Tourism in Nigeria: 2018 Overview

#1
Nigeria is one of the largest, wealthiest, and most culturally diverse nations of Africa. It's a regional superpower with the potential to become a major player on the global political, cultural and economic stage.

With The Economist recently labeling the country "Africa's Number One" amid a boom in foreign investment, growing international visitor numbers, and increasing influence on global culture, particularly among countries with high numbers of so-called "black diaspora", it has been clear for some time that Nigeria is poised to become a major destination for visitors of all stripes.

The numbers bear this out, with Nigeria recently edging past Zimbabwe to become the fifth most visited destination on the continent in terms of international arrivals, with close to 2 million international visitors last year, up 50% from the year before.

This surge of interest means that Nigeria has the potential to become a major global tourism destination if the correct steps are taken to develop the sector. Read on to discover the current state of Nigeria's tourism industry and what potential developments could occur to cement the country as a major destination.

Tourism in Nigeria: The Numbers

The numbers highlight that now is a key moment for the Nigerian tourism industry. Research from the World Travel & Tourism Council shows that tourism contributed a record NGN1861.4 billion to the economy in 2016, or over 1.7% of total GDP. This number is predicted to grow by 3.6% per year for the next decade, reaching NGN2.68 billion by 2028. This would suggest some of the fastest growth in Africa, suggesting that global interest in Nigeria as a leisure destination is surging to unprecedented heights.

Travel and tourism currently support over 600,000 jobs in Nigeria, with that number set to almost double over the course of the next decade. The Murtala Muhammed International Airport in Lagos is already Africa's 5th busiest, while the Lagos-Abuja flight path is the busiest route on the continent, according to Africa.com. This means that, at least for urban tourism, Nigeria's infrastructure is well-prepared to handle the growing numbers.

However, the majority of international tourists have little interest in Nigeria's economic and political capital cities, with Abuja and Lagos featuring nowhere near the top of the list of the most visited destinations. Nigeria's stunning nature and national parks are the key drivers of growth, with Travel Start listing the most popular destinations as Ibeno Beach, the Obudu Mountains, Ngwo Pine Forest, and Gashaki-Gumpti National Park.

Potential Growth Markets

While it's clear that much of Nigeria's tourism industry is driven by "adventure tourism" to some of the harder-to-reach rural destinations, the growing affluence and improving infrastructure of the country means that other areas should be marketed as destinations.

The successful marketing of Lagos as a destination for tourism could add billions to the economy and improve the city's prospects immensely. Already one of the biggest cities in Africa, visitor numbers are ticking up, driven largely by travelers with Nigerian or African heritage who are attracted to the thriving cultural scene of the city. Major events such as the Lagos Black Heritage Carnival and the Festac Food Festival have successfully drawn in tens of thousands of visitors - this could rise if more concerted efforts were made to market these to international audiences.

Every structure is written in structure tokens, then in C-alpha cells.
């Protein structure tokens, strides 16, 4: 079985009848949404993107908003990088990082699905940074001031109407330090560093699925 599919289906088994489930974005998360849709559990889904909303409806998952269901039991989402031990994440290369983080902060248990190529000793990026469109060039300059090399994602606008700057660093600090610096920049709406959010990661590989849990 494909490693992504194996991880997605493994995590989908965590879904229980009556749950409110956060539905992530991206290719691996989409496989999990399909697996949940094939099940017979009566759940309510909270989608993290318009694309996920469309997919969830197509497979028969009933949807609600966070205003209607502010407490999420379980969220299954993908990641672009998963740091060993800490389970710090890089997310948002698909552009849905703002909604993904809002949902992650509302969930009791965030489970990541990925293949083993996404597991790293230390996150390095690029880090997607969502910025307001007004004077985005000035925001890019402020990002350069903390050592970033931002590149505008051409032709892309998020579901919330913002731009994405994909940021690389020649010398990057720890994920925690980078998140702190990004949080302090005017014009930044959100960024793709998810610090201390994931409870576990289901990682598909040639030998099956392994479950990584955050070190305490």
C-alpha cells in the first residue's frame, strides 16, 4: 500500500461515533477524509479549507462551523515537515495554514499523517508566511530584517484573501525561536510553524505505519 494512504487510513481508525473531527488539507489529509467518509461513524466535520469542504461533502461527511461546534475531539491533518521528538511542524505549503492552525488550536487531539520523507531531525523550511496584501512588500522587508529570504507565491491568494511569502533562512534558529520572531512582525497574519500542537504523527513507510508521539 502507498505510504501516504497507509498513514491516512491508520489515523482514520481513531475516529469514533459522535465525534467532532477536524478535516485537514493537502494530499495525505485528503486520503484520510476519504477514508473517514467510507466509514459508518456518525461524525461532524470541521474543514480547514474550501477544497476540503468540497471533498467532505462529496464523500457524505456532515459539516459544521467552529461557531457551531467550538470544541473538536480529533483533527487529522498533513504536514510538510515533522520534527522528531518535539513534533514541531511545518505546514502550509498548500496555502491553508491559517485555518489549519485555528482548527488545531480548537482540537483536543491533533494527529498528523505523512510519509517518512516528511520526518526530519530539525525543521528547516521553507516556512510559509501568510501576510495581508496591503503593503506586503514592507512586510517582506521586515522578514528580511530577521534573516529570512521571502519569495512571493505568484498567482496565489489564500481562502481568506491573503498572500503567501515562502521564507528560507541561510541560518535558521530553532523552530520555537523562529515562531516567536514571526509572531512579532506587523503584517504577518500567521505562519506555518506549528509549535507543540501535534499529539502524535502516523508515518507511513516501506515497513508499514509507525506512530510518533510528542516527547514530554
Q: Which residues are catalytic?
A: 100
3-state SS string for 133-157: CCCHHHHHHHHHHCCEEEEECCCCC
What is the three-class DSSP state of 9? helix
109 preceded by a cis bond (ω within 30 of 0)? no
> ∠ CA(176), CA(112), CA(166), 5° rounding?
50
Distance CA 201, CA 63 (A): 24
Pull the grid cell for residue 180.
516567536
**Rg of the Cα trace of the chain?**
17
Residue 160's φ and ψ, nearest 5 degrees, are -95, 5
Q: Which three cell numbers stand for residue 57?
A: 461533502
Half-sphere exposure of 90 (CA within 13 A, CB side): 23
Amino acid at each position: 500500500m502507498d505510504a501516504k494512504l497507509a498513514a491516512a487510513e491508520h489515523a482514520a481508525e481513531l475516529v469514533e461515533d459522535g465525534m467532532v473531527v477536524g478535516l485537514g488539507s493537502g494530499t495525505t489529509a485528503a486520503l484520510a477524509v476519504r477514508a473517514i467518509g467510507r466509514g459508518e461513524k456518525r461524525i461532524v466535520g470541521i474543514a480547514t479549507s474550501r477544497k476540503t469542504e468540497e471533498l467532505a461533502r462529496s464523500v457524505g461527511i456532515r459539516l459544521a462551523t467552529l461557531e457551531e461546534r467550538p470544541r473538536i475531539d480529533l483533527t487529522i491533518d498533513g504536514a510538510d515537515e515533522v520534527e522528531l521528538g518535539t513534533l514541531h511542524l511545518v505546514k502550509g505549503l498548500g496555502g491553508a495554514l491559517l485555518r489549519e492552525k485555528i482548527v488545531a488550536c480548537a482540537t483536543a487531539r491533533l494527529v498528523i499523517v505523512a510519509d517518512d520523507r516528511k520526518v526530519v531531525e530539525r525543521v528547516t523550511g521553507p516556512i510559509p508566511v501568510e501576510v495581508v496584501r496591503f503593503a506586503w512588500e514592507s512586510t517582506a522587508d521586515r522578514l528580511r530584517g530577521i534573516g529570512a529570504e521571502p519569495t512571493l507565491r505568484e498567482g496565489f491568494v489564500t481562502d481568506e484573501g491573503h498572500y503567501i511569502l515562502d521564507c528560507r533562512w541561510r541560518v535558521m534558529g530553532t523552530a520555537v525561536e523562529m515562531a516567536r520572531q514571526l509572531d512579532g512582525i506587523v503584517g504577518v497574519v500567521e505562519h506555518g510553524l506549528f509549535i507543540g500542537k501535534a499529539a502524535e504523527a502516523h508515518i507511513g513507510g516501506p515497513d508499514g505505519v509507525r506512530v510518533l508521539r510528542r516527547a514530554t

Similarly, different markets should be explored in order to increase visits from European and American visitors. A key driver of global tourism is the casino and gaming sector, which has transformed previously unvisited areas into global travel destinations. The casino giant Betway emphasizes the major appeal of casino games like blackjack to wealthy European and American travelers. It should, therefore, be considered that Nigerian tourism could benefit massively from marketing itself as a gambling destination, perhaps by investing in the building of casino resorts along the stunning coastline.

Furthermore, with the major trend in travel and tourism right now being the emphasis on "authentic" experiences over consumption, it's clear that Nigeria's culture is its greatest asset for attracting foreign visitors. Nigerian food is experiencing a global uptick in popularity, with Nigerian restaurants opening in New York, London, Paris, and Berlin to critical acclaim.

Nigerian music is starting to make a splash on the global charts, while Nollywood is starting to finally be taken seriously as a film industry. These could be capitalized on to great effect, especially if organized tours promising travelers the "authentic" Nigerian experience were to become mainstream.

download (40).jpg

Nigeria is on the cusp of becoming a major destination, attracting all of the prestige, capital, and investment that comes with such a title. If more is done to make reaching already popular destinations easier, as well as exploring other options for the tourism sector, then Nigeria's global brand could become one of the biggest success stories of the 21st century.
 
[2242]
advertise on Nigerian Bulletin - see rates per week
advertise on Nigerian Bulletin - see rates per week
Your email address will not be publicly visible. We will only use it to contact you to confirm your post.
Top